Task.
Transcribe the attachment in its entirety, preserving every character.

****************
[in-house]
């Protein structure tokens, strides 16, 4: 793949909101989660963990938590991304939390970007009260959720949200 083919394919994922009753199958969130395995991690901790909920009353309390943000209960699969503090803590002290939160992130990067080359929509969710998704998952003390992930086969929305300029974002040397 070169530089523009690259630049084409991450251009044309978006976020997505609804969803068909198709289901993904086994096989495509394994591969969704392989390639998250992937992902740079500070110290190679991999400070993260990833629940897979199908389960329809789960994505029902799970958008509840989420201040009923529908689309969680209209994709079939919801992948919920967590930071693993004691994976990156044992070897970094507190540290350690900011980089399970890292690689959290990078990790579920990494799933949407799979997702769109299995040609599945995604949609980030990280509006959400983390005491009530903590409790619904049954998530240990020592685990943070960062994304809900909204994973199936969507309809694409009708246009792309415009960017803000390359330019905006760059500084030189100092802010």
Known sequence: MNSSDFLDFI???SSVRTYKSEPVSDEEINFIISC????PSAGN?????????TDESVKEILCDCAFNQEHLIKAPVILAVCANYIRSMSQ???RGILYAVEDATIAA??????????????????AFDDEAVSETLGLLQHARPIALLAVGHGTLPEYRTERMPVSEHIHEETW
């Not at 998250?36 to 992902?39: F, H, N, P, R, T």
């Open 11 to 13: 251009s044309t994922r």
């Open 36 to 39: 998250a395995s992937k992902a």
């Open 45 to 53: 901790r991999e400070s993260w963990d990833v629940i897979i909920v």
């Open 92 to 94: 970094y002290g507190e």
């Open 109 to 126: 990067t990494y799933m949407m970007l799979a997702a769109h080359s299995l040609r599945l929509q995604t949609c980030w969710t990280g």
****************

[in-house]
């Protein structure tokens, strides 16, 4: 793949909101989660963990938590991304939390970007009260959720949200 083919394919994922009753199958969130395995991690901790909920009353309390943000209960699969503090803590002290939160992130990067080359929509969710998704998952003390992930086969929305300029974002040397 070169530089523009690259630049084409991450251009044309978006976020997505609804969803068909198709289901993904086994096989495509394994591969969704392989390639998250992937992902740079500070110290190679991999400070993260990833629940897979199908389960329809789960994505029902799970958008509840989420201040009923529908689309969680209209994709079939919801992948919920967590930071693993004691994976990156044992070897970094507190540290350690900011980089399970890292690689959290990078990790579920990494799933949407799979997702769109299995040609599945995604949609980030990280509006959400983390005491009530903590409790619904049954998530240990020592685990943070960062994304809900909204994973199936969507309809694409009708246009792309415009960017803000390359330019905006760059500084030189100092802010």
Known sequence: MNSSDFLDFI???SSVRTYKSEPVSDEEINFIISC????PSAGN?????????TDESVKEILCDCAFNQEHLIKAPVILAVCANYIRSMSQ???RGILYAVEDATIAA??????????????????AFDDEAVSETLGLLQHARPIALLAVGHGTLPEYRTERMPVSEHIHEETW
């Not at 998250?36 to 992902?39: F, H, N, P, R, T």
């Open 11 to 13: 251009s044309t994922r």
């Open 36 to 39: 998250a395995s992937k992902a």
């Open 45 to 53: 901790r991999e400070s993260w963990d990833v629940i897979i909920v």
């Open 92 to 94: 970094y002290g507190e």
């Open 109 to 126: 990067t990494y799933m949407m970007l799979a997702a769109h080359s299995l040609r599945l929509q995604t949609c980030w969710t990280g």